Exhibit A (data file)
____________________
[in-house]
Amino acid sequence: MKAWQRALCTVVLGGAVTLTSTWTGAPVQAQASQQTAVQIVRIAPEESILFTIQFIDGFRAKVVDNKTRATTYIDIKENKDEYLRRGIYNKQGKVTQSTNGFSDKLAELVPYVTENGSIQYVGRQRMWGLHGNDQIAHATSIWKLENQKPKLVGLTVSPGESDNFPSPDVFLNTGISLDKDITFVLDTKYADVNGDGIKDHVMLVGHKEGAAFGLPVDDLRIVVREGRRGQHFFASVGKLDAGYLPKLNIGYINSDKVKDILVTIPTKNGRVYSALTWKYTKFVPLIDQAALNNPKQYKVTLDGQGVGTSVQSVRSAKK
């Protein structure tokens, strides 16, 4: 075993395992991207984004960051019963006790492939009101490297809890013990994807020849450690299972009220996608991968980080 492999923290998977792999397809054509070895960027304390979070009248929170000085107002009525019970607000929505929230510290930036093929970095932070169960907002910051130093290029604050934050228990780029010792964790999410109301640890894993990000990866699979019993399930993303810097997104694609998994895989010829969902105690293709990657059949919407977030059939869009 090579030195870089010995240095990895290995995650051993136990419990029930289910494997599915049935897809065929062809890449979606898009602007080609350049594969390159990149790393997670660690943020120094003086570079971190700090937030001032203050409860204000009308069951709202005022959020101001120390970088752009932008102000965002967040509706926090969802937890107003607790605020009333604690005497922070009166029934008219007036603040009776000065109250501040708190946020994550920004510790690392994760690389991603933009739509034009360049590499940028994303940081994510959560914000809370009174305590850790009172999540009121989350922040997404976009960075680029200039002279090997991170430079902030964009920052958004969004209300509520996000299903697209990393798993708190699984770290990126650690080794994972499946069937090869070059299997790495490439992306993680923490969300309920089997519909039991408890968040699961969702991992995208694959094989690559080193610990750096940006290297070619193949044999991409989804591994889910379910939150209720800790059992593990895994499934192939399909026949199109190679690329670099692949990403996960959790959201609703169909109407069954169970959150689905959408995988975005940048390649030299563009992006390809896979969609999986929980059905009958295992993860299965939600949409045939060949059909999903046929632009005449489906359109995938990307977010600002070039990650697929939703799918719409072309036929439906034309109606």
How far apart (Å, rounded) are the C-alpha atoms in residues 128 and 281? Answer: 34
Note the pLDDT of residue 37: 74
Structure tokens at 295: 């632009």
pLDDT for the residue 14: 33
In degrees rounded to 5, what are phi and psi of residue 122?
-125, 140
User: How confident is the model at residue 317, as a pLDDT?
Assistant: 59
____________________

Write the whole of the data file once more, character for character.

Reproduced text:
[in-house]
Amino acid sequence: MKAWQRALCTVVLGGAVTLTSTWTGAPVQAQASQQTAVQIVRIAPEESILFTIQFIDGFRAKVVDNKTRATTYIDIKENKDEYLRRGIYNKQGKVTQSTNGFSDKLAELVPYVTENGSIQYVGRQRMWGLHGNDQIAHATSIWKLENQKPKLVGLTVSPGESDNFPSPDVFLNTGISLDKDITFVLDTKYADVNGDGIKDHVMLVGHKEGAAFGLPVDDLRIVVREGRRGQHFFASVGKLDAGYLPKLNIGYINSDKVKDILVTIPTKNGRVYSALTWKYTKFVPLIDQAALNNPKQYKVTLDGQGVGTSVQSVRSAKK
């Protein structure tokens, strides 16, 4: 075993395992991207984004960051019963006790492939009101490297809890013990994807020849450690299972009220996608991968980080 492999923290998977792999397809054509070895960027304390979070009248929170000085107002009525019970607000929505929230510290930036093929970095932070169960907002910051130093290029604050934050228990780029010792964790999410109301640890894993990000990866699979019993399930993303810097997104694609998994895989010829969902105690293709990657059949919407977030059939869009 090579030195870089010995240095990895290995995650051993136990419990029930289910494997599915049935897809065929062809890449979606898009602007080609350049594969390159990149790393997670660690943020120094003086570079971190700090937030001032203050409860204000009308069951709202005022959020101001120390970088752009932008102000965002967040509706926090969802937890107003607790605020009333604690005497922070009166029934008219007036603040009776000065109250501040708190946020994550920004510790690392994760690389991603933009739509034009360049590499940028994303940081994510959560914000809370009174305590850790009172999540009121989350922040997404976009960075680029200039002279090997991170430079902030964009920052958004969004209300509520996000299903697209990393798993708190699984770290990126650690080794994972499946069937090869070059299997790495490439992306993680923490969300309920089997519909039991408890968040699961969702991992995208694959094989690559080193610990750096940006290297070619193949044999991409989804591994889910379910939150209720800790059992593990895994499934192939399909026949199109190679690329670099692949990403996960959790959201609703169909109407069954169970959150689905959408995988975005940048390649030299563009992006390809896979969609999986929980059905009958295992993860299965939600949409045939060949059909999903046929632009005449489906359109995938990307977010600002070039990650697929939703799918719409072309036929439906034309109606």
How far apart (Å, rounded) are the C-alpha atoms in residues 128 and 281? Answer: 34
Note the pLDDT of residue 37: 74
Structure tokens at 295: 């632009």
pLDDT for the residue 14: 33
In degrees rounded to 5, what are phi and psi of residue 122?
-125, 140
User: How confident is the model at residue 317, as a pLDDT?
Assistant: 59